Skip to main content

Prediction of post-extubation failure by portable ICU ultrasound


Stridor and vocal cord oedema are common in ICU patients. Currently, the cuff leak volume test is a standard technique to assess these complications [1, 2]; however, wide variations in terms of its sensitivity and specificity have been demonstrated in many studies. Recently, ultrasound is a promising noninvasive method widely used in ICU patients and allows visualization of the vocal cords and larynx [3]. Thus, we would like to determine the diagnostic accuracy of portable ultrasound for detection of these post-extubation complications.


We conducted a prospective, observational study from December 2010 to September 2011 using portable critical care ultrasound to examine air-column width differences of vocal cords before and after deflation of a endotracheal cuff balloon. All patients also underwent cuff leak volume tests and vocal cord examination by direct video laryngoscopy.


We enrolled 101 patients with planned extubation. The overall prevalence of post-extubation stridor and/or vocal cord oedema was 17%. Age, gender, duration of intubation and BMI were not different between patients with and without post-extubation complications. The average sizes of endotracheal tubes were similar in both groups (No. 7.5). The mean difference of increasing of air-column width in patients without complications was considerably higher than those with complications (1.9 mm vs. 1.1 mm; P < 0.001). The sensitivity and specificity at air-column width differences ≥1.6 mm were 0.706 and 0.702 respectively. The positive predictive value and negative predictive value were 0.324 and 0.922. The area under the ROC curve of tracheal ultrasound was 0.823 (95% CI: 0.698 to 0.947) and that of the cuff leak volume test was 0.840 (95% CI: 0.715 to 0.964).


Portable ICU ultrasound visualising air-column width differences between pre and post deflation cuff balloon is a promising objective tool which aids in prediction of successful extubation.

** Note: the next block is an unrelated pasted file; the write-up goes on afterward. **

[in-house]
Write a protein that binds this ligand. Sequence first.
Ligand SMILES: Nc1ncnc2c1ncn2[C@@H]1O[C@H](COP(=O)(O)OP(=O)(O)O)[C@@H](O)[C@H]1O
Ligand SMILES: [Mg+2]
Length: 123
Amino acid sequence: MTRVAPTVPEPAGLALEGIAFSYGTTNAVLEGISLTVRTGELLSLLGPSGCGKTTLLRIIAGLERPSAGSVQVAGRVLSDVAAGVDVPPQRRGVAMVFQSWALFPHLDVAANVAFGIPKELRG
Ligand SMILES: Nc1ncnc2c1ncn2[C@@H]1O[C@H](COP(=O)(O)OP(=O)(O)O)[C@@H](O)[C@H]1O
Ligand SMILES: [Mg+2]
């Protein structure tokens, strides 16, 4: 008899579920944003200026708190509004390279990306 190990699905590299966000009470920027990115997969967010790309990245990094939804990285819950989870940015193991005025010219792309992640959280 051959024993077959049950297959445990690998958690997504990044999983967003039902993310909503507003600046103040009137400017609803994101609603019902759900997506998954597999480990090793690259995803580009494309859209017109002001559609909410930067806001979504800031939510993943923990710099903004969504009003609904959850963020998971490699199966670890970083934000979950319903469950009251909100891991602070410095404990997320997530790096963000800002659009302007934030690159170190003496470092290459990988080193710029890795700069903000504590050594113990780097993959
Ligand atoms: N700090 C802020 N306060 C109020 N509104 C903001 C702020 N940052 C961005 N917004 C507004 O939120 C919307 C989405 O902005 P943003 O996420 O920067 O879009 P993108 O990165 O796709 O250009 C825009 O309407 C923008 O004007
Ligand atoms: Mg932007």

1. De Bast Y, De Backer D, Moraine JJ, et al.: The cuff leak test to predict failure of tracheal extubation for laryngeal edema. Intensive Care Med 2002, 28: 1267-1272. 10.1007/s00134-002-1422-3

    Article  PubMed  Google Scholar 

  2. Chung YH, Chao TY, Chiu CT, et al.: The cuff-leak test is a simple tool to verify severe laryngeal edema in patients undergoing long-term mechanical ventilation. Crit Care Med 2006, 34: 409. 10.1097/01.CCM.0000198105.65413.85

    Article  PubMed  Google Scholar 

  3. Ding LW, Wang HC, Wu HD, et al.: Laryngeal ultrasound: a useful method in predicting post-extubation stridor. A pilot study. Eur Respir J 2006, 27: 384. 10.1183/09031936.06.00029605

    Article  PubMed  Google Scholar 

Download references

Author information

Authors and Affiliations


Rights and permissions

This article is licensed under a Creative Commons Attribution 4.0 International License, which permits use, sharing, adaptation, distribution and reproduction in any medium or format, as long as you give appropriate credit to the original author(s) and the source, provide a link to the Creative Commons licence, and indicate if changes were made. The images or other third party material in this article are included in the article's Creative Commons licence, unless indicated otherwise in a credit line to the material. If material is not included in the article's Creative Commons licence and your intended use is not permitted by statutory regulation or exceeds the permitted use, you will need to obtain permission directly from the copyright holder. To view a copy of this licence, visit The Creative Commons Public Domain Dedication waiver ( applies to the data made available in this article, unless otherwise stated in a credit line to the data.

Reprints and Permissions

About this article

Cite this article

Sutherasan, Y., Theerawit, P., Hongpanat, T. et al. Prediction of post-extubation failure by portable ICU ultrasound. Crit Care 16, P130 (2012).

Download citation

  • Published:

  • DOI:


  • Vocal Cord
  • Objective Tool
  • Video Laryngoscopy
  • Deflation Cuff
  • Successful Extubation